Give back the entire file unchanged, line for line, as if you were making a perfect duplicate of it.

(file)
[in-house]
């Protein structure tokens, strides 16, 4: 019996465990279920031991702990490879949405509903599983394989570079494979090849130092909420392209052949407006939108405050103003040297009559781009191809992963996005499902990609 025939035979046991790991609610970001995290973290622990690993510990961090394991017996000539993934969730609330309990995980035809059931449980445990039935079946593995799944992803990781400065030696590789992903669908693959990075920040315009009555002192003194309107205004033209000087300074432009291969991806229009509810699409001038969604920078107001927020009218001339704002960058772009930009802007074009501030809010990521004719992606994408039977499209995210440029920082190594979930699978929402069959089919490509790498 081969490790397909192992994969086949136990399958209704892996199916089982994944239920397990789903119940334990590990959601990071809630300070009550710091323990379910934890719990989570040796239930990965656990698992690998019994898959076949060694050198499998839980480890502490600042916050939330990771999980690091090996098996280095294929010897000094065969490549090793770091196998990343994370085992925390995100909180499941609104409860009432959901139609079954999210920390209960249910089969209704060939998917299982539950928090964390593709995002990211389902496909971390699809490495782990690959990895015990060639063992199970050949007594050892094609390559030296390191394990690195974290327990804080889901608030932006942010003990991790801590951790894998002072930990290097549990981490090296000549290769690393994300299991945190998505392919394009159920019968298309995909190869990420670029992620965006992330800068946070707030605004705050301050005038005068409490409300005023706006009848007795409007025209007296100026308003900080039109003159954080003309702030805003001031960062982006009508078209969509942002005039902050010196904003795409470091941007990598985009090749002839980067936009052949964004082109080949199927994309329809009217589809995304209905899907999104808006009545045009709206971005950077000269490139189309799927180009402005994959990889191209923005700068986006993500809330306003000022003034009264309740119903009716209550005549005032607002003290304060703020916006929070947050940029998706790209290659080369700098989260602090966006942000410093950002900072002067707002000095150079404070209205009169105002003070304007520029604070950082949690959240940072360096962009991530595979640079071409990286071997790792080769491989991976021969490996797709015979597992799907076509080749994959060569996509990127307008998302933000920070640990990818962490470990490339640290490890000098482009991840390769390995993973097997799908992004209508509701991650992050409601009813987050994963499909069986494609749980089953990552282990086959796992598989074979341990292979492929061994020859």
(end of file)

[in-house]
């Protein structure tokens, strides 16, 4: 019996465990279920031991702990490879949405509903599983394989570079494979090849130092909420392209052949407006939108405050103003040297009559781009191809992963996005499902990609 025939035979046991790991609610970001995290973290622990690993510990961090394991017996000539993934969730609330309990995980035809059931449980445990039935079946593995799944992803990781400065030696590789992903669908693959990075920040315009009555002192003194309107205004033209000087300074432009291969991806229009509810699409001038969604920078107001927020009218001339704002960058772009930009802007074009501030809010990521004719992606994408039977499209995210440029920082190594979930699978929402069959089919490509790498 081969490790397909192992994969086949136990399958209704892996199916089982994944239920397990789903119940334990590990959601990071809630300070009550710091323990379910934890719990989570040796239930990965656990698992690998019994898959076949060694050198499998839980480890502490600042916050939330990771999980690091090996098996280095294929010897000094065969490549090793770091196998990343994370085992925390995100909180499941609104409860009432959901139609079954999210920390209960249910089969209704060939998917299982539950928090964390593709995002990211389902496909971390699809490495782990690959990895015990060639063992199970050949007594050892094609390559030296390191394990690195974290327990804080889901608030932006942010003990991790801590951790894998002072930990290097549990981490090296000549290769690393994300299991945190998505392919394009159920019968298309995909190869990420670029992620965006992330800068946070707030605004705050301050005038005068409490409300005023706006009848007795409007025209007296100026308003900080039109003159954080003309702030805003001031960062982006009508078209969509942002005039902050010196904003795409470091941007990598985009090749002839980067936009052949964004082109080949199927994309329809009217589809995304209905899907999104808006009545045009709206971005950077000269490139189309799927180009402005994959990889191209923005700068986006993500809330306003000022003034009264309740119903009716209550005549005032607002003290304060703020916006929070947050940029998706790209290659080369700098989260602090966006942000410093950002900072002067707002000095150079404070209205009169105002003070304007520029604070950082949690959240940072360096962009991530595979640079071409990286071997790792080769491989991976021969490996797709015979597992799907076509080749994959060569996509990127307008998302933000920070640990990818962490470990490339640290490890000098482009991840390769390995993973097997799908992004209508509701991650992050409601009813987050994963499909069986494609749980089953990552282990086959796992598989074979341990292979492929061994020859």